The optimizing features in another tool (you know who you are) are quire compelling in theory – you can correlate inputs with outputs – not just optimize for time, but optimize for *outcomes*! which is really the magic.

    But it needs a lot more work – and that's why I think there's a big opening for someone to drive a truck through with real innovation.

    Regarding Case Management – I know, its “different” than the old CASE 🙂 But you know, there's a reason we you don't re-use a label that has unfortunate historical context. And Case Management makes a lot of sense but to me it feels like slapping a new label on something that we've all been dealing with in BPM for the last 10 years! I welcome new tooling that is better suited to case management use cases, but I get a little tired of people pretending we just discovered this kind of work in BPM…

    And of course the real prize goes to the vendor(s) who can make all these interesting features play off of each other to produce a sum greater than the parts…


  • philayres

    To your point “I get a little tired of people pretending we just discovered this kind of work in BPM” – I absolutely agree!

  • The big issue with BPM and BPMS is that its far too rigid, too structured and has a horrible reliance on BA’s discovering all processes and every single permitation of them…

    Because of this there is no dynamic BPM, its only a term and cannot really deliver real adaptive processes. Vendors that ditch the whole process designer / flowchart tool as their rigid process will be able to deliver into more areas of the enterprise. BPM currently is only good for less than 20% of business processes across the enterprise, because it is only great and improving process efficiency of proceses that are highly structured, simple and repeatable…Vendors that become adaptive offer a great edge and are capable to deliver process efficiency across the enterprise

    However, that being said, the big difference between vendors will not be played out in just the BPM silo. Vendors who deliver a single silo for ECM, BPM and CRM provide a more holistic approach. This approach delivers far greater efficiency, but also reduces costs of delivery and ownership. The big problem with Social media illustrates the need for this…

    • Andrew, thanks for commenting – and the link to your article – its a good read. I think Phil Gilbert’s presentation at BPM2010 ( does a good job of discussing the same 80/20 split you describe.

      First, I’d argue that actually BPM does a pretty good job of addressing the “20 percent” (One can argue what the percentages are, but obviously structured BPM does not cover 100% of process use cases, and there’s no good way of calculating the total number… I think everyone can agree it is less than 100% and more than 0% however!)

      I think a few software vendors share your vision of a combined ECM/BPM/CRM vision – but of course the key to pulling that off is to have these three “silos” actually act as one integrated product – for the transitions to feel natural.

      Also, it happens that the 20% you describe are, generally, medium-to-high volume, high value, processes. This is based on both anecdotal data and data from conferences such as BPM2010. So, it isn’t as if implementing BPM is a bad idea for these processes even if they’re the only processes you can address with a BPMS.

      Finally, not all BPMS are created equal. Some BPMS are highly constrained, and others give the designers and implementers a lot more flexibility. In some cases that flexibility requires technical people like myself to get involved, but at least the flexibility is there.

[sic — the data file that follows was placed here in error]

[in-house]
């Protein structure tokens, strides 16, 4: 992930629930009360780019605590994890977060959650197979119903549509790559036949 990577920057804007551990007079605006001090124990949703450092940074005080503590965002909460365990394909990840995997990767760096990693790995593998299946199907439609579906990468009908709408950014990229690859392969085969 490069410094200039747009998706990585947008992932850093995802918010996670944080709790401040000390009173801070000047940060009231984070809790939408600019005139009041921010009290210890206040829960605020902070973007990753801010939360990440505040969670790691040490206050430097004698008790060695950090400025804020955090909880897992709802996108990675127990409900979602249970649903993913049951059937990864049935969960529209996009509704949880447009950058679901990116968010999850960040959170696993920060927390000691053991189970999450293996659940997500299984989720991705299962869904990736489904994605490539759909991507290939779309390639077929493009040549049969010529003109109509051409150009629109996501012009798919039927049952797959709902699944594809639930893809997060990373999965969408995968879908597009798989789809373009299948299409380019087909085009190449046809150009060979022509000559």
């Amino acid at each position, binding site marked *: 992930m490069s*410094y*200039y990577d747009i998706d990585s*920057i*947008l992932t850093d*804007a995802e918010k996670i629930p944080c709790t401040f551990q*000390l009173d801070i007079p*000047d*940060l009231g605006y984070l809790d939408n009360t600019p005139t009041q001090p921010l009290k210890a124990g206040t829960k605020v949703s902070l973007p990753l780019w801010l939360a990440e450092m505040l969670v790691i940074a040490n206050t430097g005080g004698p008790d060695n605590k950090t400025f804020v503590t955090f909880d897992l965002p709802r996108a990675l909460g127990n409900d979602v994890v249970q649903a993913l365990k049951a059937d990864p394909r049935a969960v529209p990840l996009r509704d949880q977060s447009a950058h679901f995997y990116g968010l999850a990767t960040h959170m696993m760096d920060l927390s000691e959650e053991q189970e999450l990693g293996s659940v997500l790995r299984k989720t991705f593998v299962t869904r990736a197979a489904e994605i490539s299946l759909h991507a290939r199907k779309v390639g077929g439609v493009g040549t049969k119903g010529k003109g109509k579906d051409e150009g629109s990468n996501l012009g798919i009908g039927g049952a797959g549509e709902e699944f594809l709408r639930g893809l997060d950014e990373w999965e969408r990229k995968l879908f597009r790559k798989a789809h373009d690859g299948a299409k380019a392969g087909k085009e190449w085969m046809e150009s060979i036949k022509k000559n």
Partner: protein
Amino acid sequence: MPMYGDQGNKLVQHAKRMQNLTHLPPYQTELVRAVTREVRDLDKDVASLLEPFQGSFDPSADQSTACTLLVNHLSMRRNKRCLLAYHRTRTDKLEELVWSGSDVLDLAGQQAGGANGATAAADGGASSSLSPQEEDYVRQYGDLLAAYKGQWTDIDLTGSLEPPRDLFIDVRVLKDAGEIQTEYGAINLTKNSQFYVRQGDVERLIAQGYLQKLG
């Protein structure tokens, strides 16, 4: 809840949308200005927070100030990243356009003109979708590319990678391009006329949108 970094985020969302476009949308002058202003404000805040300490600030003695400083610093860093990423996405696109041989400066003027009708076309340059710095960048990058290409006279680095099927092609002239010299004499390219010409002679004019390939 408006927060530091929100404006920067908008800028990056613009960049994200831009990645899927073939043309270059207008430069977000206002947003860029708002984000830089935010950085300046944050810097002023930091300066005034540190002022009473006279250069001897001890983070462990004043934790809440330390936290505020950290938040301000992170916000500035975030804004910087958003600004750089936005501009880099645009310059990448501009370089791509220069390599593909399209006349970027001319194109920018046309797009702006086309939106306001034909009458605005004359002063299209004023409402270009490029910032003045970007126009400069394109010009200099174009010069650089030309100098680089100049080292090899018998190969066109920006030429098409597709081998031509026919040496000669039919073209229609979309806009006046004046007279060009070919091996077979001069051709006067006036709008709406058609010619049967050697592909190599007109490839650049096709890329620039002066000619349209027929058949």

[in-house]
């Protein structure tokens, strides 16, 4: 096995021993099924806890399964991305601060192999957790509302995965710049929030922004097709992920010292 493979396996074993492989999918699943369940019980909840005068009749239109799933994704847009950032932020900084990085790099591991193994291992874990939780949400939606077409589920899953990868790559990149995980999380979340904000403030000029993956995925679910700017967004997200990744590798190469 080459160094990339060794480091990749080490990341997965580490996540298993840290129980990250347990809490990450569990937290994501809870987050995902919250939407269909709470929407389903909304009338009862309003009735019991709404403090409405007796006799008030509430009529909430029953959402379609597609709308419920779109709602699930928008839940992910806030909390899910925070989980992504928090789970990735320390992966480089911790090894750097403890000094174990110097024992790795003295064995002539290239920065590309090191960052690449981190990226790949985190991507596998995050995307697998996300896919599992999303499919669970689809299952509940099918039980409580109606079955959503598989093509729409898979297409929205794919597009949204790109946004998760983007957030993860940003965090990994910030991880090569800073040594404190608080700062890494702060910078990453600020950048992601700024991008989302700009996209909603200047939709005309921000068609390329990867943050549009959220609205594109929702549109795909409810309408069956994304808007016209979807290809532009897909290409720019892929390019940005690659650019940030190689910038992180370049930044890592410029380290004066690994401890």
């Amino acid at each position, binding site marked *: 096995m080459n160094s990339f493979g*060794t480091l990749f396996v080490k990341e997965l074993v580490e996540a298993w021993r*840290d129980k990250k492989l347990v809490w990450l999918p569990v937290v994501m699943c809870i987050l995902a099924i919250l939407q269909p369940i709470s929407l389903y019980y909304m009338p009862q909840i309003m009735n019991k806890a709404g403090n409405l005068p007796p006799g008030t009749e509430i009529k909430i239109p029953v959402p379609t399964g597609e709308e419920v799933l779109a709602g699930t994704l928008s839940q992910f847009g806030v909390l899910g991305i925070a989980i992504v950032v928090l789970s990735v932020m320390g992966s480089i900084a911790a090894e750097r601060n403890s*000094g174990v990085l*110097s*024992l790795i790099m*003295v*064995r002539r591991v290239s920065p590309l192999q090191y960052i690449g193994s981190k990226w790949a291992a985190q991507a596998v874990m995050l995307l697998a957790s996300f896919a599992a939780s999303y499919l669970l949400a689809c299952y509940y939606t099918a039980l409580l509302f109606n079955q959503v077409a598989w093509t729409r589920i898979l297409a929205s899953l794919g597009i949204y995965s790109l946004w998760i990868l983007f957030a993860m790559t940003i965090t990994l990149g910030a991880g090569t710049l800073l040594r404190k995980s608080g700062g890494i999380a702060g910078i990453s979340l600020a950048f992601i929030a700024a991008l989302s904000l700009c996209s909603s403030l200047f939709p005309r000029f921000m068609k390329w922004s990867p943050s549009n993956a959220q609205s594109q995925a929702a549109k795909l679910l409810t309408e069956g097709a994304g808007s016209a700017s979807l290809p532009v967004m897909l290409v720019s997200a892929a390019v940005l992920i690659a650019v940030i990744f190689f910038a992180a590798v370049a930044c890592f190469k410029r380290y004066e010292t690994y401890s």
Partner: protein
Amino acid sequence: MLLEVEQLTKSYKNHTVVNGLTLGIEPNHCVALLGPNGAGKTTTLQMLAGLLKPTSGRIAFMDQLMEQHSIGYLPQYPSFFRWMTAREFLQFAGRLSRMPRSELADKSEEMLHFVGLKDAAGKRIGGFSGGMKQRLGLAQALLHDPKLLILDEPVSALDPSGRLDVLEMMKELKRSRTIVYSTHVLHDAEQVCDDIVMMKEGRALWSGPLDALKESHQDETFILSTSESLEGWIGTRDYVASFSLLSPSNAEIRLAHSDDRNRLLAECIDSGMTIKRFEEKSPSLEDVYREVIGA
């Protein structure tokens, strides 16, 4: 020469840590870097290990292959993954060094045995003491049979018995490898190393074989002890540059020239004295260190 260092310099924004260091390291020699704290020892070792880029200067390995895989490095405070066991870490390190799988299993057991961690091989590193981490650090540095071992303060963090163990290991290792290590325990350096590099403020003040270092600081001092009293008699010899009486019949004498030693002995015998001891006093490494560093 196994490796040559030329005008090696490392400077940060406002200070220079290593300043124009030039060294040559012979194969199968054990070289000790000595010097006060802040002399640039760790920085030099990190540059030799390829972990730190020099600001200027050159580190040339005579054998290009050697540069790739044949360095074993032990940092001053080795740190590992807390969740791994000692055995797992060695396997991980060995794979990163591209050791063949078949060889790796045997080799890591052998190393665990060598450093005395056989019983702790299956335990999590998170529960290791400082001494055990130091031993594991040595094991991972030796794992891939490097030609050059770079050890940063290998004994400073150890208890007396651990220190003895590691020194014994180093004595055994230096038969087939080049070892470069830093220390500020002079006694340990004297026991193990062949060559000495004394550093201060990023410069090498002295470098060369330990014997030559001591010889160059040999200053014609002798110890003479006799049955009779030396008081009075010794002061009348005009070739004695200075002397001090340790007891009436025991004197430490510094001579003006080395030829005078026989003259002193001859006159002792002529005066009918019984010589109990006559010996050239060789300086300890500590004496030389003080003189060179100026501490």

• I believe that for that 20% or those processes that are naturally highly structured or highy repetative, BPM does a great job for. I agree these are medium to high volume but not so sure on all being high value / importance. I think the win BPM delivers is great, but the win in other areas of the organisation would be even better (where BPM doesnt do a great job as yet). Lets say a solution does manage processes where current BPM cannot, it will still be able to handle those processes which BPM is naturally very good at too, so there you woudl have a solution that can actually span the enterprisethere, as opposed to claim it can…BPM Evolution?

        I agree not all BPMS are created equal, but even those that are more flexible still execute a rigid process. Changes are made by authors only, and a change will only be implemented for new items in the process. This is one of my points re how we think of BPM and how vendors execute it….In addition, the business needs to the people on the floor to be able to update a process if it needs be. Thats the only way in which to process in a truely efficient and quick fashion.

        I think we also have to look at the way in which individuals work, how they want to work and how they may well work in the future. I have read a lot now about a change in our working habits, rather working as individuals that communicate, we will swarm and work on the same peice of work at the same time more as a team. BPM solutions, at present, are too rigid to implement this.

        Finally (sorry for such a long response, but is a good conversation), ECM/BPM/CRM as a single silo I see as a single silo. There is no need for integration between the three, because we are talking about a product that delivers all three as one. To my knowledge there arent many out there that actually do this, rather they integrate as best they can across the three. But the problem there is, that you still have three silos at the back end. How do you ensure that any one understands CCS (content, context, status) of the others? My vision is for the three to be lost within a single silo…

        • Andrew, you’re comment: “Lets say a solution does manage processes where current BPM cannot, it will still be able to handle those processes which BPM is naturally very good at too, so there you would have a solution that can actually span the enterprise there, as opposed to claim it can…BPM Evolution? ” This is an assumption, that the solution for the long tail will also solve the highly repeatable processes that BPMS can address today. If true, then of course that would be preferable, but it isn’t true just by fiat. I’ve seen a few long-tail solutions that would simply not address the typical BPMS sweet spot. No integration capabilities, for example, to pull in context that lives in legacy or existing systems. And that’s just one example of many.

          But that doesn’t mean that the day won’t come for a solution that spans the whole spectrum.

          • Thats exactly where I am trying to take my company and our own product, workFile.

            We are aiming to deliver a BPM type platform that does just that. But throw into the mix adaptive ECM capabilities and active CRM and we get a far richer and more holistic approach, capable of dealing with long tail needs, the sweet spot that BPMS works well for, and much more….We can even takle the whole social media arena and problems (social bpm, social crm etc etc)…